History of Price, Utah
Taken from the Utah History Encyclopedia (Links Added)

These early pioneers of Price experienced much hardship. Food was in short supply, and crops were difficult to grow because of a lack of irrigation water. Water had to be carried from the river in barrels and tanks. An irrigation ditch to carry water to the fields was of utmost importance. Construction of two ditches began in February 1879 when Caleb Rhoades and Frederick Grames began the project. A community effort eventually finished the two ditches, but it wasn't until the Price Water Company Canal was finished in 1888 that the irrigation problem was solved. The canal is still in use today.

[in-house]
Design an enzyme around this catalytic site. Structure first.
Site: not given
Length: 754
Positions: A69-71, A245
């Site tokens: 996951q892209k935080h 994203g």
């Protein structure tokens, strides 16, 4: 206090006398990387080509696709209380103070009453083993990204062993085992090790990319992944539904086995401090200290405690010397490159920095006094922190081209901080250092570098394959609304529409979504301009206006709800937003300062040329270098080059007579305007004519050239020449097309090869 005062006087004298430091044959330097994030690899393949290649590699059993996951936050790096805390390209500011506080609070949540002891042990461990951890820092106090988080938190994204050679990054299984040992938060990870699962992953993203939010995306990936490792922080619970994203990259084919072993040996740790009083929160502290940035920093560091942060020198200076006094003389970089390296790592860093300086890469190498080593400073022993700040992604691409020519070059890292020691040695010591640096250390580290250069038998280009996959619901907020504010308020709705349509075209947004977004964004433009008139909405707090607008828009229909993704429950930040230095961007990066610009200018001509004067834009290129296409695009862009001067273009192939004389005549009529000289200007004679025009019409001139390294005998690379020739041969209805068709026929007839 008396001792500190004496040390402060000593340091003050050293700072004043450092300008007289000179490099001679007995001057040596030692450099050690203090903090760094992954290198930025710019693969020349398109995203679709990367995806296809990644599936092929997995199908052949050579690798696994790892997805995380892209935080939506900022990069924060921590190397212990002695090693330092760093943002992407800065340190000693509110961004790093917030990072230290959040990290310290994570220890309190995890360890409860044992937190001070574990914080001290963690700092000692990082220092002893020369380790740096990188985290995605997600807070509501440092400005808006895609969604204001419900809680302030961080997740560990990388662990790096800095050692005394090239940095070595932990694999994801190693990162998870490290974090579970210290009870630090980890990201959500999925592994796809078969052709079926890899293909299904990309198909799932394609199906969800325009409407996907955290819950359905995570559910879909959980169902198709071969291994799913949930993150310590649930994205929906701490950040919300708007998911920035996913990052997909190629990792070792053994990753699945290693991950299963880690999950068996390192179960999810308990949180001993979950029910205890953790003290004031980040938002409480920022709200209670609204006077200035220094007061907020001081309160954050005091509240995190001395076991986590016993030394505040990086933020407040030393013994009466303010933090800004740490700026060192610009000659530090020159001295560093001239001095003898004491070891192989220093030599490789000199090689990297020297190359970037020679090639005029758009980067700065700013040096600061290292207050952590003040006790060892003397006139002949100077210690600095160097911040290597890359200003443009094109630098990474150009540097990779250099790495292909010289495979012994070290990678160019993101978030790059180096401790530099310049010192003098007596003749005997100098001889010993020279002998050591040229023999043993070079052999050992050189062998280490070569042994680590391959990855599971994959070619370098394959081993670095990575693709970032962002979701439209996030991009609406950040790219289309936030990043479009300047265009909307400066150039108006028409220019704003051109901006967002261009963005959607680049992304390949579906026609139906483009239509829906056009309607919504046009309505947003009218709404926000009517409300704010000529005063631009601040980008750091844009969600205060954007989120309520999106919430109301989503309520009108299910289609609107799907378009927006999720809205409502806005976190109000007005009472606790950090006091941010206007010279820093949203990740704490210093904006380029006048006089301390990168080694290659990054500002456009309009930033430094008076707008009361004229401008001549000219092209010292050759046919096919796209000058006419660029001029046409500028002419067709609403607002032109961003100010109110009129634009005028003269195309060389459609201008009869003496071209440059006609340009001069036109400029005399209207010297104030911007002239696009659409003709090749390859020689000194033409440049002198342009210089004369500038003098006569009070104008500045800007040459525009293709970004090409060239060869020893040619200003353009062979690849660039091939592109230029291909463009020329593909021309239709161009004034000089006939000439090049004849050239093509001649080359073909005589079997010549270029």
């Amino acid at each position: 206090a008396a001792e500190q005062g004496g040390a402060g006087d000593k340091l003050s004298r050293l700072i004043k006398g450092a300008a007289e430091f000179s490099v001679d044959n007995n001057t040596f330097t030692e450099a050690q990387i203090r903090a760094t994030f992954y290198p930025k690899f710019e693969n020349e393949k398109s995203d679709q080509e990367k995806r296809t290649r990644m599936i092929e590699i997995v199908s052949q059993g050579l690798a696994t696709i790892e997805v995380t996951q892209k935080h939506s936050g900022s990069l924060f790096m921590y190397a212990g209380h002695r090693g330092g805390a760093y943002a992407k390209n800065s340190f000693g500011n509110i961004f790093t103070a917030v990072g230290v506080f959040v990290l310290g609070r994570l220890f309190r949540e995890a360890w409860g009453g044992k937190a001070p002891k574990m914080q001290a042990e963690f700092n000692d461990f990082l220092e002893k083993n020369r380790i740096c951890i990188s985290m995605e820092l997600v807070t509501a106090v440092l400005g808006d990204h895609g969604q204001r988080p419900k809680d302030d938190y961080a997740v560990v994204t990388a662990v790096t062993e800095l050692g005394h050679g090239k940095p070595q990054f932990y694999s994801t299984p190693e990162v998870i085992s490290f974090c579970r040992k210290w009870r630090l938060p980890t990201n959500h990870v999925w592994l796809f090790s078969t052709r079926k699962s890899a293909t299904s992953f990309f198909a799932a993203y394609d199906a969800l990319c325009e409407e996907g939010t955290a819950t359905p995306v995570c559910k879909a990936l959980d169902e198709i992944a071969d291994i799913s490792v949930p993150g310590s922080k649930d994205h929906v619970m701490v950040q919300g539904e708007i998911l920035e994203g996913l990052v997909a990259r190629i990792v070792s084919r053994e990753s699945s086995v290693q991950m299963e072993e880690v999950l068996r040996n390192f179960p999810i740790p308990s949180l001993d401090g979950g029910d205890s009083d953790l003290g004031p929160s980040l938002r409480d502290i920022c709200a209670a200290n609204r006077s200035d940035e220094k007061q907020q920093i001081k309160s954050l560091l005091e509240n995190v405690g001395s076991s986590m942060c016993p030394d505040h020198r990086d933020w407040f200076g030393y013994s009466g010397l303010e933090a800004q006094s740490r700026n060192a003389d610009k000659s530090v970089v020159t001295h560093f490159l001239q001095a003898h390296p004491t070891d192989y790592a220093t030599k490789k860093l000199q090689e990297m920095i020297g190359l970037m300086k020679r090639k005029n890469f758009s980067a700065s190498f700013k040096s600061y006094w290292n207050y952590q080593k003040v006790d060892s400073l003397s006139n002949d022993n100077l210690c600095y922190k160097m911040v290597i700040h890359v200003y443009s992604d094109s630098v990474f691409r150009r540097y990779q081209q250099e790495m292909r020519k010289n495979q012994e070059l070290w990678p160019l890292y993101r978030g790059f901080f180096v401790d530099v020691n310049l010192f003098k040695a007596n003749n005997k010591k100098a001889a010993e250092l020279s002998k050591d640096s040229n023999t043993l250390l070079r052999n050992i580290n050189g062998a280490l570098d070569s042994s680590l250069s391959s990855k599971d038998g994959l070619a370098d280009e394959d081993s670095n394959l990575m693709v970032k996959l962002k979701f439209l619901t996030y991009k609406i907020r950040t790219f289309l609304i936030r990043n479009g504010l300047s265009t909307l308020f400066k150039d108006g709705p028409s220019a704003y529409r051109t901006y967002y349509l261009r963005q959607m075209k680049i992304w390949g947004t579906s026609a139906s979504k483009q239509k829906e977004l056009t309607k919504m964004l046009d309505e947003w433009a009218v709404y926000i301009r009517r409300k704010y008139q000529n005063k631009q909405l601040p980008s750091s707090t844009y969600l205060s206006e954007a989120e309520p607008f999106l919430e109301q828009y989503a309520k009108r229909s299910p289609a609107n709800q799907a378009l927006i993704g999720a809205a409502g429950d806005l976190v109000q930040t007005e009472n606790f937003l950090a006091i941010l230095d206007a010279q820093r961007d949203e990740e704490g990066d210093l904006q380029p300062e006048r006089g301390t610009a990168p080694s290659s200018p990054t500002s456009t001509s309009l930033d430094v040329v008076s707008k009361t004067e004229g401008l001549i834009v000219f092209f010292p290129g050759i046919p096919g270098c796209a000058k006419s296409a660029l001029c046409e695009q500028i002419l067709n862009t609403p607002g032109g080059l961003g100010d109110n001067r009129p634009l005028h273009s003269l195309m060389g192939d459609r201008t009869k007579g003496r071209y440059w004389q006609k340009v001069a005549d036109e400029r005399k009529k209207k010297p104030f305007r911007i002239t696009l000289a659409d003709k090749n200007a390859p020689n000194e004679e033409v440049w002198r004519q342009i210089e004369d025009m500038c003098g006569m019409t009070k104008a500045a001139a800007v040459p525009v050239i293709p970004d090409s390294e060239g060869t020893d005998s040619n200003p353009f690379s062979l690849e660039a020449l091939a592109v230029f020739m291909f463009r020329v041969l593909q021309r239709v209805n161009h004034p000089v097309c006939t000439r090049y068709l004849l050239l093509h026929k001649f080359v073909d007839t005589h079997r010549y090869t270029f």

The character of Price changed dramatically with the completion of the railroad in 1883. Price was quickly transformed from an isolated farming community to the commercial hub of Castle Valley. The railroad was directly responsible for Price becoming the retail, political, educational, and cultural center of the area. The railroad also opened up the nearby coal mines, which brought thousands of foreign-born, non-Mormon immigrants to work the mines. Originally these miners lived in the coal camps near the mines, but Price gradually assimilated many of them, reflecting the ethnic diversity of the county and becoming a cultural hub as well. These immigrants came from many countries, but the majority were Greek, Italian, Austrian, and Japanese. This diversified population has remained today, making Price one of Utah's most culturally complex and varied communities.

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